If you’ve decided to include web copy as part of your overall marketing strategy, you probably understand the basics of using keywords in your online marketing copy. Keywords help search engines rank your page, and in turn, your target market can find your business amid the chaos of the Internet.
A page with a high keyword density (i.e. lots of relevant keywords and phrases) may rank higher than one with a low keyword density. But there’s more to the equation than simply repeating keywords and phrases over and over.
Take a look at these tips so you can optimize your web copy without getting labeled as spam by search engines.
Identify Keywords before You Write Your Copy
Before drafting your web copy, take time to do some keyword research. List words and phrases that directly describe your business, focusing on terms people are likely to search. For example, if you sell business-consulting services, that phrase should be a primary search term.
Secondary terms might include “small business consulting,” “startupconsultant,” “small business advising,” and anything else a person might type in when trying to find your offerings.
As you build your keyword list, you might want to use Google’s free keyword search tool to determine how many people search for your keywords and how many pages include those words. This will give you an idea of your competition.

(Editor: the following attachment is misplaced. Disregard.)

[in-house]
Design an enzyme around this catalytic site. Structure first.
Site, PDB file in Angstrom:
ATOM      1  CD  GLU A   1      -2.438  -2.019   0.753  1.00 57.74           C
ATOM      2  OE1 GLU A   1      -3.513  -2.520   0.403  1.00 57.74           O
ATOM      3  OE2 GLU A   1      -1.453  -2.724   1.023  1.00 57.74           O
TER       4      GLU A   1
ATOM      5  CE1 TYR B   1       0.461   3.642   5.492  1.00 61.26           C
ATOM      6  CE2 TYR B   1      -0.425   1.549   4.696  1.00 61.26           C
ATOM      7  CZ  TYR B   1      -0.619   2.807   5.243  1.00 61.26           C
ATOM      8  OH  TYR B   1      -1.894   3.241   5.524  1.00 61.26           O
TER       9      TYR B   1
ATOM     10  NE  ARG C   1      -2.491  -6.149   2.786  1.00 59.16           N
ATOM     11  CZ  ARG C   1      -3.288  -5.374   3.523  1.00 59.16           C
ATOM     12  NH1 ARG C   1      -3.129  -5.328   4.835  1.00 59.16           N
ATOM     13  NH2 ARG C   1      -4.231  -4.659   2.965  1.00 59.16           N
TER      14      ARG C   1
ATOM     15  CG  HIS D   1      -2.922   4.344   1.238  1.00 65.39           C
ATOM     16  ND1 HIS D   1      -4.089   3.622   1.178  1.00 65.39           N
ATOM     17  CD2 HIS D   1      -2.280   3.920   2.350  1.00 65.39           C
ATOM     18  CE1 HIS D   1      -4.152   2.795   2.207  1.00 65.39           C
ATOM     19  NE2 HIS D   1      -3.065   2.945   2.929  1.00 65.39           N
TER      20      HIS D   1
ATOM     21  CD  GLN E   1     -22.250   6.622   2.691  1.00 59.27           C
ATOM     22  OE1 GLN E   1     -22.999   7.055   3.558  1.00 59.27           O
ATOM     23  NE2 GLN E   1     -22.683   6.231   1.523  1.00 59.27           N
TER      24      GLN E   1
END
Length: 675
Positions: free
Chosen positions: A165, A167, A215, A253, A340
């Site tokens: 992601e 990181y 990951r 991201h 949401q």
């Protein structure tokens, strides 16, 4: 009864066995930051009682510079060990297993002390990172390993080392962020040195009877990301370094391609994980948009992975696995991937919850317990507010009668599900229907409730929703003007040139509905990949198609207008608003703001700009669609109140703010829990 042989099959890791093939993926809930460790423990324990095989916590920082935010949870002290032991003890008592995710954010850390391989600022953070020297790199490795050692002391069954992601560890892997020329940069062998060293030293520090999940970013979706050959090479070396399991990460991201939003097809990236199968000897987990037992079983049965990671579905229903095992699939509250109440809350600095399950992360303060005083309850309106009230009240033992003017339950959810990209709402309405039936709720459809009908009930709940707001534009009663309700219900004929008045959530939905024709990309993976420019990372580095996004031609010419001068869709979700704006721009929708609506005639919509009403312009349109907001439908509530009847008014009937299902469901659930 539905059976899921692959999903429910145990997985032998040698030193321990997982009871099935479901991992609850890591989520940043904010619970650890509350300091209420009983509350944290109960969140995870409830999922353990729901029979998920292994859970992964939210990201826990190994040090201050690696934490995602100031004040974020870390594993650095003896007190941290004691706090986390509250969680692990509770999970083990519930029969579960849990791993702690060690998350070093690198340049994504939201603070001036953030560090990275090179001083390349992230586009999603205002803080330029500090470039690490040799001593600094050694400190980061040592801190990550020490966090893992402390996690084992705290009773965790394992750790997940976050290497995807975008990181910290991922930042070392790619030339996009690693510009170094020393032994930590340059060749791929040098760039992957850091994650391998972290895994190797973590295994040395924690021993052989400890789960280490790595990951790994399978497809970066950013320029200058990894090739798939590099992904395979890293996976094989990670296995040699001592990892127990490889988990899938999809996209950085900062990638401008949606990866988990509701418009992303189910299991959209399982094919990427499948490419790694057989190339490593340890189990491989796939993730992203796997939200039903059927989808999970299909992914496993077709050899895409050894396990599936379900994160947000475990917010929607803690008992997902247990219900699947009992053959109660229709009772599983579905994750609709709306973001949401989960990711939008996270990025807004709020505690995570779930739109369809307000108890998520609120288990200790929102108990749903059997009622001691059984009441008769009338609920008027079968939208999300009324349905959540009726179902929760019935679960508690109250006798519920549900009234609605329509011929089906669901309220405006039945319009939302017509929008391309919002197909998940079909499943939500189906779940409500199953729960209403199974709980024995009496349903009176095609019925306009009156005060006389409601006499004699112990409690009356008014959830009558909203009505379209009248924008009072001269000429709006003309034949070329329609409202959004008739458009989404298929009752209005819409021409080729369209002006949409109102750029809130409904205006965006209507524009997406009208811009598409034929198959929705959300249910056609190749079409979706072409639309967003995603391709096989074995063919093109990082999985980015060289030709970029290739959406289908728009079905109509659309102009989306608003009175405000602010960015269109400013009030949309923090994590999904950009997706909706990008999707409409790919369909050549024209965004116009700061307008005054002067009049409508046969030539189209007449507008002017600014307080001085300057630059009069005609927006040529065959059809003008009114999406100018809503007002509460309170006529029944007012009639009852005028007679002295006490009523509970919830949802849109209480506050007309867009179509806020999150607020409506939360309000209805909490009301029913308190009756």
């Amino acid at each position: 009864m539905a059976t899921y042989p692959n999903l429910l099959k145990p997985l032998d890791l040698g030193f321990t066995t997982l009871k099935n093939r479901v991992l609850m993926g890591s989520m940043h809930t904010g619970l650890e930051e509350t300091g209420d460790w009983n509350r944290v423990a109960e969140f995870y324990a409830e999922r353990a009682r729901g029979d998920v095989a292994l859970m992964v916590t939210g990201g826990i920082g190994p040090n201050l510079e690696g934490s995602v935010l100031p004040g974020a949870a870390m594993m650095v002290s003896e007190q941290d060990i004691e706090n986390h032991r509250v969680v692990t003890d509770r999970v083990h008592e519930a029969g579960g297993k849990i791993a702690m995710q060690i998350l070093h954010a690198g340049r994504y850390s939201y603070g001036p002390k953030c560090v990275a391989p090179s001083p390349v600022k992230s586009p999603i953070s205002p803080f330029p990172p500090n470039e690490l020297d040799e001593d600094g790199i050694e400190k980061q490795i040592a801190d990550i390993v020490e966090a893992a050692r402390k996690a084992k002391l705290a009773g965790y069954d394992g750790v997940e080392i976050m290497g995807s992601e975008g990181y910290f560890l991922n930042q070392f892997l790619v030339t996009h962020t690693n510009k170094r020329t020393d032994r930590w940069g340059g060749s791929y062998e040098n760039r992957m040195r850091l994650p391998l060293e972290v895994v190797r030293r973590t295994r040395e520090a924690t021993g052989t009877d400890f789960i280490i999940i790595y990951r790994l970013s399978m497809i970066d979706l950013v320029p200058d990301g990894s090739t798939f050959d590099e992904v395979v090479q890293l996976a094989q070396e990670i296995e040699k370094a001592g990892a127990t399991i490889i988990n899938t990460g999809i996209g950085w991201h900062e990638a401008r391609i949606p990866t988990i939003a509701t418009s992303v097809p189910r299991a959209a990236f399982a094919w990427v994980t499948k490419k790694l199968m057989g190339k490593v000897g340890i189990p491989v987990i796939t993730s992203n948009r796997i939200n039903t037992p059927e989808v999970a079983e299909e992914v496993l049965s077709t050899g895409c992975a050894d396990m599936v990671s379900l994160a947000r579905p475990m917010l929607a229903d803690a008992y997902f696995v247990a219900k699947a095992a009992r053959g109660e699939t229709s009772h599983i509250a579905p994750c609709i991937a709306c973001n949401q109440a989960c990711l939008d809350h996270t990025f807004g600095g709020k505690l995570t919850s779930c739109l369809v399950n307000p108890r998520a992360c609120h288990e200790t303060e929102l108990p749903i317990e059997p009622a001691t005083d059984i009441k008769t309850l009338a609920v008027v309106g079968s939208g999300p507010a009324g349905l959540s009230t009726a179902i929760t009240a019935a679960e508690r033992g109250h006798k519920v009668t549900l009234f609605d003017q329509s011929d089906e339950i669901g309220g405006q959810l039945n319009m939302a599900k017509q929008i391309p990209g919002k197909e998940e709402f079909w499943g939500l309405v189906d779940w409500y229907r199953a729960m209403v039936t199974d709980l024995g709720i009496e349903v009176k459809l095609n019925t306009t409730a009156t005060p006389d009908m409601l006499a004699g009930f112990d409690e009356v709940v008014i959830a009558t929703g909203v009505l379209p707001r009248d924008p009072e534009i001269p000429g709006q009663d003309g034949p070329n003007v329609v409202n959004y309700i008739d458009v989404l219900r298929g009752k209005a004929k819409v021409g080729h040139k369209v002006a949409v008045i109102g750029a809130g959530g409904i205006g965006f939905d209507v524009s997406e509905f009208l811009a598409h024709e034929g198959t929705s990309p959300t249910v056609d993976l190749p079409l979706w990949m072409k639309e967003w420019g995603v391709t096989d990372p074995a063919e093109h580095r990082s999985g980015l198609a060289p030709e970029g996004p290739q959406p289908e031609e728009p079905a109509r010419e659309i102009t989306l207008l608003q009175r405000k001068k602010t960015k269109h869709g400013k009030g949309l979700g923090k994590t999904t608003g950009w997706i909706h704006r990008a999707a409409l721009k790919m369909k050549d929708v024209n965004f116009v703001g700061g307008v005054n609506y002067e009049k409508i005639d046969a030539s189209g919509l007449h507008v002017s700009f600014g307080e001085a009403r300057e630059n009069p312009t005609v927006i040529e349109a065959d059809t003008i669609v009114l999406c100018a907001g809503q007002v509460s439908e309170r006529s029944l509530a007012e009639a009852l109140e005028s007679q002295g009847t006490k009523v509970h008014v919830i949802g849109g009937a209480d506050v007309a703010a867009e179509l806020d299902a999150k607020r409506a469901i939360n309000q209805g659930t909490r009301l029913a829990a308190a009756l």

Don’t Stuff Your Copy with Keywords
As you write, your goal is to include your keywords and phrases as often as possible without making your copy unreadable.
- Too many keywords: “If you’re looking for small business consulting services, you can find small business consulting services and other business advisingat the Small Business Consulting Firm.”
- A better keyword balance: “If you’re looking for small business consulting services, you can find them—and other startup advising—at the Small Business Consulting Firm.”
Remember that even if such keyword stuffing earns you a high page rank, the people who land on your page may be turned off (or just plain confused) by the clunky nature of the copy. This could lead them to quickly click away from your page without buying anything.
Headers & Links Matter in Web Copy
When optimizing your web copy, it’s important to know that not all copy is ranked equally. Keywords included in headers and links provide more of a punch than those in ordinary text. Take this as a lesson in organization: if you aren’t already breaking your marketing copy into sections that are directly relevant to what you’re selling, start doing so for optimization purposes.
A nice bonus? Readers tend to interpret headers differently from ordinary text. That means you can include keywords more frequently, without sounding mechanical, when you break a page into several sections than you could in a page of plain text.
Reread with an Eye for Keyword Opportunities!
Finally, when you edit drafts of your web copy, do so with a list of keywords at hand. Train yourself to see opportunities to include the words and phrases that will help get your page ranked higher—and watch the magic happen!